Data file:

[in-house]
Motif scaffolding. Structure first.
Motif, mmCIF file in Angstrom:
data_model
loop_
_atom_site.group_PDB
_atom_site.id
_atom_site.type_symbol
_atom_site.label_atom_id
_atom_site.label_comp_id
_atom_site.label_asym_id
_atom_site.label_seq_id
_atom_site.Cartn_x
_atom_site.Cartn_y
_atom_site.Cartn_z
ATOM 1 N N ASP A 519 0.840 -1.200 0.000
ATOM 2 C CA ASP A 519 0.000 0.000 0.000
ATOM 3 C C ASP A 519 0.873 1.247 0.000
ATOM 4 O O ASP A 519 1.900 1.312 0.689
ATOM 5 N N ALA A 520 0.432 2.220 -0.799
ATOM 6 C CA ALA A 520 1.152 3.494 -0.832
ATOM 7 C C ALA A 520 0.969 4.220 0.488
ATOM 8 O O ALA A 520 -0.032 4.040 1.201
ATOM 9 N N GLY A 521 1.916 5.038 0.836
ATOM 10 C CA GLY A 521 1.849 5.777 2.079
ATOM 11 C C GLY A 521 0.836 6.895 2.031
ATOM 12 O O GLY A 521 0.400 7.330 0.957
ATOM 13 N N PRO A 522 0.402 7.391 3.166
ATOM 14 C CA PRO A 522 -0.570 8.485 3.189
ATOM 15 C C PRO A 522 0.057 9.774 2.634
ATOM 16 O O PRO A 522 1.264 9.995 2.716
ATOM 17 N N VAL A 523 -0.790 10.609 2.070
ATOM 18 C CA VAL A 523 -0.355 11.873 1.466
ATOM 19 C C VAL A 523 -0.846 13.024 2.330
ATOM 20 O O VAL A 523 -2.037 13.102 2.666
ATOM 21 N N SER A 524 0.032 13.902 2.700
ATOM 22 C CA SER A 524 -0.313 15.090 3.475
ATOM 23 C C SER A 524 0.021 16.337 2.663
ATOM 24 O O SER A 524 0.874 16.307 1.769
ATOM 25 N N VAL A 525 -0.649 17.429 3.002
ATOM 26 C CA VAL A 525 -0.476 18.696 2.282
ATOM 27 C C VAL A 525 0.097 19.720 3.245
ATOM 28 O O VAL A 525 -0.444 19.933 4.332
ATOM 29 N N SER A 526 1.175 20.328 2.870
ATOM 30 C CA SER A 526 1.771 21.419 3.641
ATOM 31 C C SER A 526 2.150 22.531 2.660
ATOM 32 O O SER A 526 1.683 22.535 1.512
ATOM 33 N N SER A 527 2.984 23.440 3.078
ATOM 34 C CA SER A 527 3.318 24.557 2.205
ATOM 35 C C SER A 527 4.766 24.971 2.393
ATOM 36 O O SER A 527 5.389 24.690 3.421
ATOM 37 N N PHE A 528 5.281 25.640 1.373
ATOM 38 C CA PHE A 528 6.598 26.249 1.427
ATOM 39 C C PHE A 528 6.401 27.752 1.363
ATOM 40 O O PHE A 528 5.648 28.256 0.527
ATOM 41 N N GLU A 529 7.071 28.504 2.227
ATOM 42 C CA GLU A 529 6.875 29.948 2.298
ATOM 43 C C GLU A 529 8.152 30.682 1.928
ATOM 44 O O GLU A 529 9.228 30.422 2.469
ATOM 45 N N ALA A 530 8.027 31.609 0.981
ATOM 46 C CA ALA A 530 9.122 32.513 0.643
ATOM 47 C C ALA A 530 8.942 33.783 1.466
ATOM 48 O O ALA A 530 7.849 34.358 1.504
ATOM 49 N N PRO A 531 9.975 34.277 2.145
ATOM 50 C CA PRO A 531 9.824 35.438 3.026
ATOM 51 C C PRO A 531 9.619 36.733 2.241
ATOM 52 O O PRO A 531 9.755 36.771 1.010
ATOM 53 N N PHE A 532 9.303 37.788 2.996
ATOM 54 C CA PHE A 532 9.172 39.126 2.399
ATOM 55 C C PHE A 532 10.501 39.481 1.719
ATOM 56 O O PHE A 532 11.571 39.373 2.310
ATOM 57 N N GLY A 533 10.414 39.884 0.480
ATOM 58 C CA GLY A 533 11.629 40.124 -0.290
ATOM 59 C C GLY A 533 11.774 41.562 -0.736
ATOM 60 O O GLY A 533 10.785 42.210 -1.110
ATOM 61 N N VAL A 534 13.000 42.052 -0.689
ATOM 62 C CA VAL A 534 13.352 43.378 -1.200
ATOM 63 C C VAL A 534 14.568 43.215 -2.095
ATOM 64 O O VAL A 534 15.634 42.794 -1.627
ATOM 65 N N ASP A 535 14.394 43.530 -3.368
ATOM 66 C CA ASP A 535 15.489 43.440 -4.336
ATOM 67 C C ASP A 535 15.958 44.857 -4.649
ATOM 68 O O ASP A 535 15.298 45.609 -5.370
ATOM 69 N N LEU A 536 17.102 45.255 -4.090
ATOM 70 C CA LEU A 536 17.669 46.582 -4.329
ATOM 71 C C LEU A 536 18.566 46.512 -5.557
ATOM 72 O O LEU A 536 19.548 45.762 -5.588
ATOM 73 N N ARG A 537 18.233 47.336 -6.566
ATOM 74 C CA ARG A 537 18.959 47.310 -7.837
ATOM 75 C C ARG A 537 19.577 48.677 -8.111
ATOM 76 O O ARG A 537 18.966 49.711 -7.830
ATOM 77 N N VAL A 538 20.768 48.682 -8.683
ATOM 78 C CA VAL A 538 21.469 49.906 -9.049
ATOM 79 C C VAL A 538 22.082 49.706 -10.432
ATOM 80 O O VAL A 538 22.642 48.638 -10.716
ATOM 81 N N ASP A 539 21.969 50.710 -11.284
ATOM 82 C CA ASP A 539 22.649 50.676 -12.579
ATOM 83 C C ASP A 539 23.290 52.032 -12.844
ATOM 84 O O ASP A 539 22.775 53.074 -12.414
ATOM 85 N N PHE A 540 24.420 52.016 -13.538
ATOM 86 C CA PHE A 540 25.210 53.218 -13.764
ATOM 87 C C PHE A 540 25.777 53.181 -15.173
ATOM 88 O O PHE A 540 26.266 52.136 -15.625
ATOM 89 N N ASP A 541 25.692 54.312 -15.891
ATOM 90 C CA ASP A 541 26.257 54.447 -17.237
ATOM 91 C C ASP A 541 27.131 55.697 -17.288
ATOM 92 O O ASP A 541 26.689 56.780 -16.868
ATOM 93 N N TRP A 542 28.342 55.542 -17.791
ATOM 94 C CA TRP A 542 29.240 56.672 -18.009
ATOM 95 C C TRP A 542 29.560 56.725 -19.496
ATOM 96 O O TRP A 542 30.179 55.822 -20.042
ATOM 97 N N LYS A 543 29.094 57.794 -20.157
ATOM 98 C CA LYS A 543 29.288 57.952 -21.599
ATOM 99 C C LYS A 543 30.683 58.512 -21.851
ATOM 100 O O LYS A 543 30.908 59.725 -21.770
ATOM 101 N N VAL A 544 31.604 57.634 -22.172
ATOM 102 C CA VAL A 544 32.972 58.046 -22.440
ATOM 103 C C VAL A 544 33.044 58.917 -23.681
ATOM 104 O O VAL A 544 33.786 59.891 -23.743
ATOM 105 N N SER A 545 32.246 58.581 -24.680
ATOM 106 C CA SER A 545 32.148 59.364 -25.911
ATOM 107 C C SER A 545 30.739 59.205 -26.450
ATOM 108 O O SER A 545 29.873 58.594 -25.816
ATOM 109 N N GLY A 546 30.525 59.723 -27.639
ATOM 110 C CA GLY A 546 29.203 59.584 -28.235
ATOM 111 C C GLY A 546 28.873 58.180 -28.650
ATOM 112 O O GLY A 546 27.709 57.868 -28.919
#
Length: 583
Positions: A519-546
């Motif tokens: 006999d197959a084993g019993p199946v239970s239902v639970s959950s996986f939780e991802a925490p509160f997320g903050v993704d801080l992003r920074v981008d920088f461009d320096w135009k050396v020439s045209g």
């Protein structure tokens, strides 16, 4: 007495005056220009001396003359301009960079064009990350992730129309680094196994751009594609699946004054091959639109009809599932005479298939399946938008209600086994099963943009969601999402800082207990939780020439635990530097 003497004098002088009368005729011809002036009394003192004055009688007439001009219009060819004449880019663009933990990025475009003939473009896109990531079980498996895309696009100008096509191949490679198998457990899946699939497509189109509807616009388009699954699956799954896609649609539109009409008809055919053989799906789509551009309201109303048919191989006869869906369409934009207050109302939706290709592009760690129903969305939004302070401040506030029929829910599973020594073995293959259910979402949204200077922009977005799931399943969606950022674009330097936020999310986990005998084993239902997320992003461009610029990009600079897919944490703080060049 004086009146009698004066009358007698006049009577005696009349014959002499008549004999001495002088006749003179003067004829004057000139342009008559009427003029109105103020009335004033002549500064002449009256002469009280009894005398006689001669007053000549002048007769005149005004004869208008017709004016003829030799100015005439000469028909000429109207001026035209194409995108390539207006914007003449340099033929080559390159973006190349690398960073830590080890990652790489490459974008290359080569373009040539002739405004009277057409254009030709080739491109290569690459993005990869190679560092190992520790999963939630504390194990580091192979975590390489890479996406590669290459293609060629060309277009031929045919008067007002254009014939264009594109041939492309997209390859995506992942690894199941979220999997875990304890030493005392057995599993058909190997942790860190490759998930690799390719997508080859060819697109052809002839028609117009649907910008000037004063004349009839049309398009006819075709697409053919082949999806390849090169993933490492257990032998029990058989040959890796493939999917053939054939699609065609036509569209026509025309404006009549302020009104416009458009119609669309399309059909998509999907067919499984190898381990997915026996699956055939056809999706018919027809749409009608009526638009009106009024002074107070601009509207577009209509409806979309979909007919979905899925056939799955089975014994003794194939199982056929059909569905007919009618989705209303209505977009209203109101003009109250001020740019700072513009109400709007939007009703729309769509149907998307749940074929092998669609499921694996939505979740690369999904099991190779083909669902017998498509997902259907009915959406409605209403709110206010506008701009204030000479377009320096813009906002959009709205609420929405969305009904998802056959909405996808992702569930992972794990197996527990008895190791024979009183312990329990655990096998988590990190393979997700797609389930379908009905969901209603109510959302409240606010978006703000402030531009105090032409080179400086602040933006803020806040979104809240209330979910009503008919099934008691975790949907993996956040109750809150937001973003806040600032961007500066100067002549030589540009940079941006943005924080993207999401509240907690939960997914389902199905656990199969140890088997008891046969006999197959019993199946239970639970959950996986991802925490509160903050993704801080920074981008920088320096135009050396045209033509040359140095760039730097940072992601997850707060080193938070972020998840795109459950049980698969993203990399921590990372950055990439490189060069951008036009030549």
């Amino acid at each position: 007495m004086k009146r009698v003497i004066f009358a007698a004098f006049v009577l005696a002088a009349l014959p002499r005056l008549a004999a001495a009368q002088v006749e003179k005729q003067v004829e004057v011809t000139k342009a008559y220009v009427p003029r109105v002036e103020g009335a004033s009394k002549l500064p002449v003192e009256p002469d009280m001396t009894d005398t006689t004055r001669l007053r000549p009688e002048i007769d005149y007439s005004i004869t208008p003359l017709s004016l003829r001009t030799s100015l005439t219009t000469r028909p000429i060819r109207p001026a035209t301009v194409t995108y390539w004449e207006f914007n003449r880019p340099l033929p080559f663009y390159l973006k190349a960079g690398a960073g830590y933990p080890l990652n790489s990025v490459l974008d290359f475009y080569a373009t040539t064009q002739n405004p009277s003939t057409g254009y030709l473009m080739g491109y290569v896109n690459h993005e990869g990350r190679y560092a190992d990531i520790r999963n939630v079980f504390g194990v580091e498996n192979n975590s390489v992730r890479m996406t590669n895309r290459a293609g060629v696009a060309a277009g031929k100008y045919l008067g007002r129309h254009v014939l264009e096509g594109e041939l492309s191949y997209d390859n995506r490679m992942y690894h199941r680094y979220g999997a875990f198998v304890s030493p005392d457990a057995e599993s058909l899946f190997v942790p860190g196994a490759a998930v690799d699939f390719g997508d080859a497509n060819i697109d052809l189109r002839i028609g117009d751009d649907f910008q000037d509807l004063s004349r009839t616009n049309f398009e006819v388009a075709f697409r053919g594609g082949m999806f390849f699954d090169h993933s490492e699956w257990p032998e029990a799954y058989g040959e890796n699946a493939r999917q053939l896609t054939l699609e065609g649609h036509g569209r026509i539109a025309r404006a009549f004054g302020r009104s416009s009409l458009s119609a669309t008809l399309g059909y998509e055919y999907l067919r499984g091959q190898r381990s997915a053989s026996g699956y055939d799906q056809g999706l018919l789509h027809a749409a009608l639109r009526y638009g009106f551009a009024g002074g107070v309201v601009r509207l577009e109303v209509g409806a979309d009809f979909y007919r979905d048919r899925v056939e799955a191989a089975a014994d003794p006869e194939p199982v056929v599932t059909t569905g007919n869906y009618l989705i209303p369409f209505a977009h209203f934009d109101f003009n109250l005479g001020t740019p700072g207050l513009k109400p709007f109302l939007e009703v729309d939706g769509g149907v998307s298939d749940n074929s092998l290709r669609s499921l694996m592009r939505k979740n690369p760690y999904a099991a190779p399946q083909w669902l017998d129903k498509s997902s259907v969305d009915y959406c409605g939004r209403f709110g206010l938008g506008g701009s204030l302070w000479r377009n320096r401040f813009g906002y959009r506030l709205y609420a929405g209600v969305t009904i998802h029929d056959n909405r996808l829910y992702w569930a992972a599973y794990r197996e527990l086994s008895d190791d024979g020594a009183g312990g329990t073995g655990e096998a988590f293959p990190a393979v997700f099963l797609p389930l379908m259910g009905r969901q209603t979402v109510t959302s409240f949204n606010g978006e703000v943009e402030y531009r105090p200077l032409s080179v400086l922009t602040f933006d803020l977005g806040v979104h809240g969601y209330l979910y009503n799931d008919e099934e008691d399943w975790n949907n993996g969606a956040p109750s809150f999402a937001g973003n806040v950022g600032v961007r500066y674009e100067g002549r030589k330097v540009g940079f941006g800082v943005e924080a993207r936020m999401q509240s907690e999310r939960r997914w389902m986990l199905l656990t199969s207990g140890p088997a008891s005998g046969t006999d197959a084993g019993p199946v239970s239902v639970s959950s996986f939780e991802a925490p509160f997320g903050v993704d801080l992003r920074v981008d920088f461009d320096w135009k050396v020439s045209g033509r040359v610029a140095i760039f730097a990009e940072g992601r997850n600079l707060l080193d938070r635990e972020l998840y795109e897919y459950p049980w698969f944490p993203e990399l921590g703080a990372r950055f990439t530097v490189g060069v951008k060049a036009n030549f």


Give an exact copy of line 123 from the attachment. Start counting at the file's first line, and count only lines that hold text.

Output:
ATOM 108 O O SER A 545 29.873 58.594 -25.816